"All of these unstructured information assets have meaning that needs to get into the BI system. It's the integration of those assets into the BI paradigm that's been missing," Egan said.

Myth #3: Demand for business intelligence search has exploded.

Using search technology for BI has been possible for some time. Fast could have already connected its search technology to a BI application before the formal partnership it announced with Cognos, said Rob Lancaster, vice president of channel development with Fast. But customer demand hasn't been there because, he believes, BI applications typically have been an "island," accessed by power users and holding sensitive -- often financial -- information. But now that BI's role is changing, search is an attractive way to make information available to non-power users.

Market maturity and new business drivers are the main reasons BI and search convergence is happening now, AMR's Murphy agreed, and formal integration partnerships between vendors are important because BI systems maintain key information security and access controls, he added.

Myth #4: Choosing the right business intelligence search technology is the hard part.

Search must be integrated with processes, as well as technology, Murphy said. Integrating search technology can also take time, depending on the method and number of data sources.

For example, Information Builder's Intelligent Search requires integration time, to set up the appropriate hooks into all of the back-end systems, acknowledged Michael Corcoran, the BI vendor's vice president of corporate strategy and chief communications officer. During product demonstrations with prospective customers, companies often wanted to search all structured and unstructured information throughout the company, he reported. But Information Builders advises customers to prioritize the systems in the interest of implementation speed and scale. Customers will be able to get to everything eventually, but it will take time, Corcoran said.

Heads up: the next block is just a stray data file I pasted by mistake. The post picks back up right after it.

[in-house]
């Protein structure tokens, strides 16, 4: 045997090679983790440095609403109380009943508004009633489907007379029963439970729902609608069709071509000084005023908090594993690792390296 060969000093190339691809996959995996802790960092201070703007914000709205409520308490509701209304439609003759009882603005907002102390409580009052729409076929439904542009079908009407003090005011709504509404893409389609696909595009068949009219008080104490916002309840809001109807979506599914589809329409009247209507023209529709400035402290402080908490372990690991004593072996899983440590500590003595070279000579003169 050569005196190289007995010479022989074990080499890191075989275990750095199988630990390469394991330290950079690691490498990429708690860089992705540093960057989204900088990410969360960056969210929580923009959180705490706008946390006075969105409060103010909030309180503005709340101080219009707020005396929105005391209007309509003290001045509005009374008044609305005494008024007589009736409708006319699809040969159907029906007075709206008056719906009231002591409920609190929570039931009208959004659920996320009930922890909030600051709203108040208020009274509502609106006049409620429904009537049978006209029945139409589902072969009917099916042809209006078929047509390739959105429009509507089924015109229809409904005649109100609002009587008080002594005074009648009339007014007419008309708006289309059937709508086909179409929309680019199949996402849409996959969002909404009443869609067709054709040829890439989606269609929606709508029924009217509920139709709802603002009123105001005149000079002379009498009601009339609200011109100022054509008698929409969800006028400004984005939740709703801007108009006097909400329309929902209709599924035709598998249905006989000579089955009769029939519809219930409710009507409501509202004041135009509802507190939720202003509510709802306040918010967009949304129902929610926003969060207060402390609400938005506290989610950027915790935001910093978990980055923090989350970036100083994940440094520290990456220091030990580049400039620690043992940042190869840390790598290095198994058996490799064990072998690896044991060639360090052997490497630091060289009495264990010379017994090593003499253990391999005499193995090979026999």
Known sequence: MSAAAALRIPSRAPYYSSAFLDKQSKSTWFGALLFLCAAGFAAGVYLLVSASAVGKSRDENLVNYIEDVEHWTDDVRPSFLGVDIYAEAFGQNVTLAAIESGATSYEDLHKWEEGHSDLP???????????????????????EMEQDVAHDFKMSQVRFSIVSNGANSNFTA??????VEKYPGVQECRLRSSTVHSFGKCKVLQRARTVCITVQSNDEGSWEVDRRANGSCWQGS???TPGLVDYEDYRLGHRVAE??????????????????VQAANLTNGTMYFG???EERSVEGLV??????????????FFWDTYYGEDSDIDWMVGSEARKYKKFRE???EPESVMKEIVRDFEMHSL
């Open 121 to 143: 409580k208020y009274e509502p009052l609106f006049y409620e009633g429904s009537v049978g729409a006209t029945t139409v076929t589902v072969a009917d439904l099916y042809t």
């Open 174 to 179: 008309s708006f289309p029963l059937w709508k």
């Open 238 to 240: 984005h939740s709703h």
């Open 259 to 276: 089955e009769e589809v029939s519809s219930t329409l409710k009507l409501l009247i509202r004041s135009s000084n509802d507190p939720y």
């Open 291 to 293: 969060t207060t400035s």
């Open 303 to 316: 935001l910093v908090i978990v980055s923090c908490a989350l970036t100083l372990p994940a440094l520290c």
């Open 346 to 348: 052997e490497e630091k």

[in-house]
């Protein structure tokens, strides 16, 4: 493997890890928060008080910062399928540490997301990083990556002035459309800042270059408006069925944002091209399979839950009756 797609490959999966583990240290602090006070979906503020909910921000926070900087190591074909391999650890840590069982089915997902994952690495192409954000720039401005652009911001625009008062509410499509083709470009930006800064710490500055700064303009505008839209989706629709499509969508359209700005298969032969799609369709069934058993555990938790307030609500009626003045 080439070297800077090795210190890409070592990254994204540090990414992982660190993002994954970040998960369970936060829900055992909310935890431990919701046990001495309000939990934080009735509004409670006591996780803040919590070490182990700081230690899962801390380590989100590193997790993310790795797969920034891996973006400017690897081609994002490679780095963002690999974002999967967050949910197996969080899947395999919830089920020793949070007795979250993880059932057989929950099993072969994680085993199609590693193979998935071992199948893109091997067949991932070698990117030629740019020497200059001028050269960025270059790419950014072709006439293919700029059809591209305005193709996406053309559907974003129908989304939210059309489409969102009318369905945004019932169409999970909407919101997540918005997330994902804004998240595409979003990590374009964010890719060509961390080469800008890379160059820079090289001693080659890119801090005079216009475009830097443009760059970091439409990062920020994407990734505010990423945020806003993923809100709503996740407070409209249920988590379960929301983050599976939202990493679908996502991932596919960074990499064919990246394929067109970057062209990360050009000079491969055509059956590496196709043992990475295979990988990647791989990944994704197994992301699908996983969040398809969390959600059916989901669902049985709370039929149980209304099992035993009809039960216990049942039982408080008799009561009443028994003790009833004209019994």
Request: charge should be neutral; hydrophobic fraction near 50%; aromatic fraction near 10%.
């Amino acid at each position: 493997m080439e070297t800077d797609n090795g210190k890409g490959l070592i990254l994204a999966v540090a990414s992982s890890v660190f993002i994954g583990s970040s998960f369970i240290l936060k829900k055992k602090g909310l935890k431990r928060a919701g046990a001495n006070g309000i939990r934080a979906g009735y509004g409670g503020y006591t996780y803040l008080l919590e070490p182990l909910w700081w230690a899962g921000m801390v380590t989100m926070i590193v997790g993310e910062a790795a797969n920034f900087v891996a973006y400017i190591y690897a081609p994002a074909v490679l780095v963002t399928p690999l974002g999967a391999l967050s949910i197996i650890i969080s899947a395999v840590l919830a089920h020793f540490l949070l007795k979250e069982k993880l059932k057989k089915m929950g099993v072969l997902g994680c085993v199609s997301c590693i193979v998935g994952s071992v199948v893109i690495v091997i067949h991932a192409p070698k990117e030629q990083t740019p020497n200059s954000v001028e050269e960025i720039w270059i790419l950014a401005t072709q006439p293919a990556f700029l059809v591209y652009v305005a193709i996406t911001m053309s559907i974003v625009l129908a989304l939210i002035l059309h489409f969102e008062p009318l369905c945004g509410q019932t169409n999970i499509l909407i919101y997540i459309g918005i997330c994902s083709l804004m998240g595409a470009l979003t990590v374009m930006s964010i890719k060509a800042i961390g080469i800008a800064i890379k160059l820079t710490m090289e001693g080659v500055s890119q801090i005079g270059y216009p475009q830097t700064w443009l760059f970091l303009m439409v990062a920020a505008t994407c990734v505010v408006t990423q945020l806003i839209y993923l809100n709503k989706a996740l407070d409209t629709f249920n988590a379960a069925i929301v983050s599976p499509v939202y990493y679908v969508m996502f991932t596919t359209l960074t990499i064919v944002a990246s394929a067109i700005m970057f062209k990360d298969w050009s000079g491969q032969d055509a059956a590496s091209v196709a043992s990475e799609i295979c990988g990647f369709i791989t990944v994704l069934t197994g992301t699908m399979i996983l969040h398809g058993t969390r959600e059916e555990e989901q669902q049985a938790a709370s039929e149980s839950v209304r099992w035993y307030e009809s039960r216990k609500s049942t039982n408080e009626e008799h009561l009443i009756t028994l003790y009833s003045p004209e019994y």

Myth #5: Business intelligence search automatically offers immediate, enterprise-wide benefits.

BI search must be deployed strategically if it's going to be useful, according to IDC analyst Vesset.

"Just slapping in the search technology doesn't make sense," Vesset said. "Companies need to figure out which applications and processes can benefit from search."

Companies might deploy search for users to find reports within a BI system, he added. This could save on training and deployment costs and speed adoption by end users.

"A lot of companies have hundreds or even thousands of reports developed over time. There's a productivity value in users finding something faster," Vesset said.

Another potential application is analyzing warranty claims, Murphy said. Reports by mechanics repairing automobiles, often in free text form, might contain a goldmine of information -- but only if a company has a way to effectively parse through all of the reports and find patterns. Other applications might be customer support functions or fraud detection.

Companies investing in search should deploy the technology with a specific problem and user community in mind, Vesset and Murphy agreed.